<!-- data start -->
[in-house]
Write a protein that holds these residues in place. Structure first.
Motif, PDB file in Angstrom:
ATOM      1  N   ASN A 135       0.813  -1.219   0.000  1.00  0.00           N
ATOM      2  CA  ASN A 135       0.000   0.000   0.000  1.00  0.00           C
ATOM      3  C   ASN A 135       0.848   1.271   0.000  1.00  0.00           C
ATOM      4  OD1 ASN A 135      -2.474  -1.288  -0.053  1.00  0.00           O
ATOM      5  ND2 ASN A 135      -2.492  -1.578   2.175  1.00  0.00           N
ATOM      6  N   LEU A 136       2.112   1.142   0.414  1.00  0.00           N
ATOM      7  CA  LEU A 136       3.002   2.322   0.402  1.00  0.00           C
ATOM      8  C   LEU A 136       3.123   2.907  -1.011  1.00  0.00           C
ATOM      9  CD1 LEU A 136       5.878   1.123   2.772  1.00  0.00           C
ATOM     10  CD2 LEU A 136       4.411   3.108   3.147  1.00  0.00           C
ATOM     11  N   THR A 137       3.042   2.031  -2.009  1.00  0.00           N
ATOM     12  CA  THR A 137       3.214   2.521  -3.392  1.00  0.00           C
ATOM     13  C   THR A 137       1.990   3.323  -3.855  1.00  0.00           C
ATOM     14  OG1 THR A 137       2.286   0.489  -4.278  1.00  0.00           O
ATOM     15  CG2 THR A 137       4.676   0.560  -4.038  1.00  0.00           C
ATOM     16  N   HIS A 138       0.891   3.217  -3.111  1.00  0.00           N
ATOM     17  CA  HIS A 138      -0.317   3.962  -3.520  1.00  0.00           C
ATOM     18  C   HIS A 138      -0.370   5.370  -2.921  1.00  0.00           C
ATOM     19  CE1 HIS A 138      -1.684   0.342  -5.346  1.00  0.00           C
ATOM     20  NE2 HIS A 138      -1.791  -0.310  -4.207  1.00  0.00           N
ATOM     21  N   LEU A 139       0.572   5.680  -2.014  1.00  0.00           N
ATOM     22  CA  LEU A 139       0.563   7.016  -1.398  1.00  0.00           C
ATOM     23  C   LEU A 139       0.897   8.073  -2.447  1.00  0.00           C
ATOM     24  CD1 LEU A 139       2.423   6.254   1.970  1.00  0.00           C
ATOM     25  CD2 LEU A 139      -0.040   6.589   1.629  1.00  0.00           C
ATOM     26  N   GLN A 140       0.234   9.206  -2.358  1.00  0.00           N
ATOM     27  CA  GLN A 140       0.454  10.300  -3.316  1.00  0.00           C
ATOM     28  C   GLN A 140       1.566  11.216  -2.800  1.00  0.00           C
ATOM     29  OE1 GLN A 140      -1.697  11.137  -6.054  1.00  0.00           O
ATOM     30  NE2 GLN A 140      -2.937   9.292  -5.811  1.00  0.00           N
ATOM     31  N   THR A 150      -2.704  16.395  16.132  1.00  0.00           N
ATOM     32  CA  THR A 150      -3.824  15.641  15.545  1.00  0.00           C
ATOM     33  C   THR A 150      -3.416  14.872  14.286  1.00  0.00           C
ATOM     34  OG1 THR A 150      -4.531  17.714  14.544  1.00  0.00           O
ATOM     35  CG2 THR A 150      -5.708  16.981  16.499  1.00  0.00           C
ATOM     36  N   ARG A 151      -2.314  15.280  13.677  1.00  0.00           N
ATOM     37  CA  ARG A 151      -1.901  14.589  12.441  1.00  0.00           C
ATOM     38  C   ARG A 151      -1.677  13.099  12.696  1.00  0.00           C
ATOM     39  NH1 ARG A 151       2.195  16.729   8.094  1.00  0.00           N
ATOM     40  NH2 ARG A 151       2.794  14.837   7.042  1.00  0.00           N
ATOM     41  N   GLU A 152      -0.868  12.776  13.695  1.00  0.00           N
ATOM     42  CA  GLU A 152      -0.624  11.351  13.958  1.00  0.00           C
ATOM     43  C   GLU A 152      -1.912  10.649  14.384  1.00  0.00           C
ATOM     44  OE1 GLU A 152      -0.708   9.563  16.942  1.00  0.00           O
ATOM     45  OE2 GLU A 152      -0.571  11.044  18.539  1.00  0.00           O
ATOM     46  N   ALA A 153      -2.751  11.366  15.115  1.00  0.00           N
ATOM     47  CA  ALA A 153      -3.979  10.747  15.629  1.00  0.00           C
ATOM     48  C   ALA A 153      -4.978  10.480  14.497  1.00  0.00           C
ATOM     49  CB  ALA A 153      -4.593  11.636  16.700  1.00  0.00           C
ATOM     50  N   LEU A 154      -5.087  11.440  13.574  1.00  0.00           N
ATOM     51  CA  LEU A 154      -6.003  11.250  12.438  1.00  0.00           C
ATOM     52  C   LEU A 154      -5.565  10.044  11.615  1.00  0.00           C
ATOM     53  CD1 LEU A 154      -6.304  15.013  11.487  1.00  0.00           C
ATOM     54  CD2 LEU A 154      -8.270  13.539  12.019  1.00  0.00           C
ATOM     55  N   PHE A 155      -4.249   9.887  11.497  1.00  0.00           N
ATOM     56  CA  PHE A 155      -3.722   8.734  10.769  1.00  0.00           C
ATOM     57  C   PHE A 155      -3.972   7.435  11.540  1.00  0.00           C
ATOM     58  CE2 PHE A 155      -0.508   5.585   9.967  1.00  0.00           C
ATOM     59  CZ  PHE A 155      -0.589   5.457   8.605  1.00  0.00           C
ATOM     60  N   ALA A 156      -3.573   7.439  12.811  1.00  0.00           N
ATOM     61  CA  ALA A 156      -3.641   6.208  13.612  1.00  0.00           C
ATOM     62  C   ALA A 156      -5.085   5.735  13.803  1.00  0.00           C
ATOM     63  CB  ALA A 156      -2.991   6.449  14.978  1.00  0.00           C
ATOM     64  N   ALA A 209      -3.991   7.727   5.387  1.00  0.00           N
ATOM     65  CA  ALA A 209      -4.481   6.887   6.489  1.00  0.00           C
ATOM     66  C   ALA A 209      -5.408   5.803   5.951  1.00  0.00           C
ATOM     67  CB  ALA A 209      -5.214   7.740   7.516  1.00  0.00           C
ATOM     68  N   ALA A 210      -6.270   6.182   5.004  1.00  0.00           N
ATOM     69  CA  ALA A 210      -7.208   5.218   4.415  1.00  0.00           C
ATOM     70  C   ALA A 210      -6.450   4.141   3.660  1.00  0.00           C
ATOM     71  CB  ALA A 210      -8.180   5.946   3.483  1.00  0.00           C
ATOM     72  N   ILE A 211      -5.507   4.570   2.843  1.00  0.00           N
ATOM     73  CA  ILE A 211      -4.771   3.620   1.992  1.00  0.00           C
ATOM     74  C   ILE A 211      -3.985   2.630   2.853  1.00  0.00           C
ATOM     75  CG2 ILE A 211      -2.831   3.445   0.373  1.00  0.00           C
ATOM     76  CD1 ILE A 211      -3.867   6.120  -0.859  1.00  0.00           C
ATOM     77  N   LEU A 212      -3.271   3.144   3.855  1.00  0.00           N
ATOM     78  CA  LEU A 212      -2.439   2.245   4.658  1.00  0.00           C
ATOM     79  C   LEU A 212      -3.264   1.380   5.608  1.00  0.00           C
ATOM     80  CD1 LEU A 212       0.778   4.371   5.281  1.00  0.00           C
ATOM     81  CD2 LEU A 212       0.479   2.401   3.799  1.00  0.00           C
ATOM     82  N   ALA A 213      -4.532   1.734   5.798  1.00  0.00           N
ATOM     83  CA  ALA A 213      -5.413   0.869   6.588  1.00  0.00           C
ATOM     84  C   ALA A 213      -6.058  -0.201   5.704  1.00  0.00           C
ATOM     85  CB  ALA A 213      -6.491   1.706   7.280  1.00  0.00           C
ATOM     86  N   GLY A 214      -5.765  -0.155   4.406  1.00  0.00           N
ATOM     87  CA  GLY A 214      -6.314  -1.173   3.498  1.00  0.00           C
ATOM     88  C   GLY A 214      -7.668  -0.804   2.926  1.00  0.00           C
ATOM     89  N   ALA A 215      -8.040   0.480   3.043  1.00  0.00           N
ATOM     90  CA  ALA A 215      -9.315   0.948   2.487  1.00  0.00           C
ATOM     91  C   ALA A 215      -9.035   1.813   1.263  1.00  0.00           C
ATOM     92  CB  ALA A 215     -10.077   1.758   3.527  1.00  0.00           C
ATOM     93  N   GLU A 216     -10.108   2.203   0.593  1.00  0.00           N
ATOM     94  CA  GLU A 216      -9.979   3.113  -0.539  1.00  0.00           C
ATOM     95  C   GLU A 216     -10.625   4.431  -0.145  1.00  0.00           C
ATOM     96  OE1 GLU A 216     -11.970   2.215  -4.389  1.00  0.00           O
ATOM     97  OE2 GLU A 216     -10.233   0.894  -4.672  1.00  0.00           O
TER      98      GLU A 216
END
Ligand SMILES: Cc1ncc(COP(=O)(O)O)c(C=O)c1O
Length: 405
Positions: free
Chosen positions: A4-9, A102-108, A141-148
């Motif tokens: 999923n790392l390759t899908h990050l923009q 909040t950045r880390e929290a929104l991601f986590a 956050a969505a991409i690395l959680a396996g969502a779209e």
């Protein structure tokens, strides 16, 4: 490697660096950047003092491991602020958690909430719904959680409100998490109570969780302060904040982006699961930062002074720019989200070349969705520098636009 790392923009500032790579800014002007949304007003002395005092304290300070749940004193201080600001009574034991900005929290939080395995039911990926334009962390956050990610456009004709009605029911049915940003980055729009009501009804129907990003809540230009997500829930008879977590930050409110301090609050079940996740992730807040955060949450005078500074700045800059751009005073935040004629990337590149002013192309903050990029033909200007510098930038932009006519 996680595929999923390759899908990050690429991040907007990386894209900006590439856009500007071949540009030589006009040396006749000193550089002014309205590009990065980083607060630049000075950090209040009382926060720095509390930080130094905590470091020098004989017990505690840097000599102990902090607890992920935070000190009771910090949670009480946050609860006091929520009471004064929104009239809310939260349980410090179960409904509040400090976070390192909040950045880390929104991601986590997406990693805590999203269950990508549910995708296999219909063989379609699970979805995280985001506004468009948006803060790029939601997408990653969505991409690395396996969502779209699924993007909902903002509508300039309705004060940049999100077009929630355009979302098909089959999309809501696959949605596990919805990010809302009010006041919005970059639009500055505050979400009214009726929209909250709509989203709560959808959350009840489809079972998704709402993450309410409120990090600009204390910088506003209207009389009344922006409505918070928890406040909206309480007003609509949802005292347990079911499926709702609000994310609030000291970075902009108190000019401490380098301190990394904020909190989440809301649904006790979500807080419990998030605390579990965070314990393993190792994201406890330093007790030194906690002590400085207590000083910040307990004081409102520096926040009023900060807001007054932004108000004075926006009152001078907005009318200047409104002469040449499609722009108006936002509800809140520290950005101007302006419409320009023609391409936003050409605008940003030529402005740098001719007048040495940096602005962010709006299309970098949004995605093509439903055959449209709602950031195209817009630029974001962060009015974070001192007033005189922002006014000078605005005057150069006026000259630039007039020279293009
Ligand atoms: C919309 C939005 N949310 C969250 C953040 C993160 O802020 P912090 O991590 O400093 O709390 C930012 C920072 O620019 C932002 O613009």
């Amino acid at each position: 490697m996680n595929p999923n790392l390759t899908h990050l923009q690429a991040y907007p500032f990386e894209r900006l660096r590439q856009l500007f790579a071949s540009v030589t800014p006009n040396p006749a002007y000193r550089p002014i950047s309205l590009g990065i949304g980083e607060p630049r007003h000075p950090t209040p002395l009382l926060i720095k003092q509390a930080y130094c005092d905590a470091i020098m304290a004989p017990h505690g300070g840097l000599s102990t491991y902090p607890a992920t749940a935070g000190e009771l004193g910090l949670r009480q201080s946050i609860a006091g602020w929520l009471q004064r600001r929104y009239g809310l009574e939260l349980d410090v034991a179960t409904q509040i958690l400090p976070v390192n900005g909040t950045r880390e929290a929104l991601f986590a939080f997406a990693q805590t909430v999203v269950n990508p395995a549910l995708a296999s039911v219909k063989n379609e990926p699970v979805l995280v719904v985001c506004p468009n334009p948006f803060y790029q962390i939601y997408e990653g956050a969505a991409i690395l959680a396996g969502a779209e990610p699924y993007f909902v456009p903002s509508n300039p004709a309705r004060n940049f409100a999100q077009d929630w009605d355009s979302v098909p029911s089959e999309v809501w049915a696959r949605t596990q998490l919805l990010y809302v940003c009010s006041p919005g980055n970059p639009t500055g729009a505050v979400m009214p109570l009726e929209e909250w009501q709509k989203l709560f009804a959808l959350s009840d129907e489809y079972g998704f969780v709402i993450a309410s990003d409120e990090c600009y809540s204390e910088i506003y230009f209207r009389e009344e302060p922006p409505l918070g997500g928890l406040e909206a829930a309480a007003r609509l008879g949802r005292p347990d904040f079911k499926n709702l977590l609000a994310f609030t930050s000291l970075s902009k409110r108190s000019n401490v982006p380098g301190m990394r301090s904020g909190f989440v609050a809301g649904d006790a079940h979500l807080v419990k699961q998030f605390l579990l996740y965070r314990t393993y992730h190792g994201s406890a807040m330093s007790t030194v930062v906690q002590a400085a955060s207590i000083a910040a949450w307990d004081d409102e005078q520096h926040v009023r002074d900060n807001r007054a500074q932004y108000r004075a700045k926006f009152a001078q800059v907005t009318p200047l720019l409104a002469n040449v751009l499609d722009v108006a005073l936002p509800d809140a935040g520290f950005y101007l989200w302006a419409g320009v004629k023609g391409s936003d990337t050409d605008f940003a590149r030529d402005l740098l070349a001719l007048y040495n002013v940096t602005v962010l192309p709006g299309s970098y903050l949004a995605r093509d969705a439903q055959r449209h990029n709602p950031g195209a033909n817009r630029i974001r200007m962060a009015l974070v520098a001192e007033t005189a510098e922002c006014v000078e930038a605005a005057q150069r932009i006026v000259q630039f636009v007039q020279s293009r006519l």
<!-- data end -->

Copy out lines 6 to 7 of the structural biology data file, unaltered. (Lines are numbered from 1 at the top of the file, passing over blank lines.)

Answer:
ATOM      3  C   ASN A 135       0.848   1.271   0.000  1.00  0.00           C
ATOM      4  OD1 ASN A 135      -2.474  -1.288  -0.053  1.00  0.00           O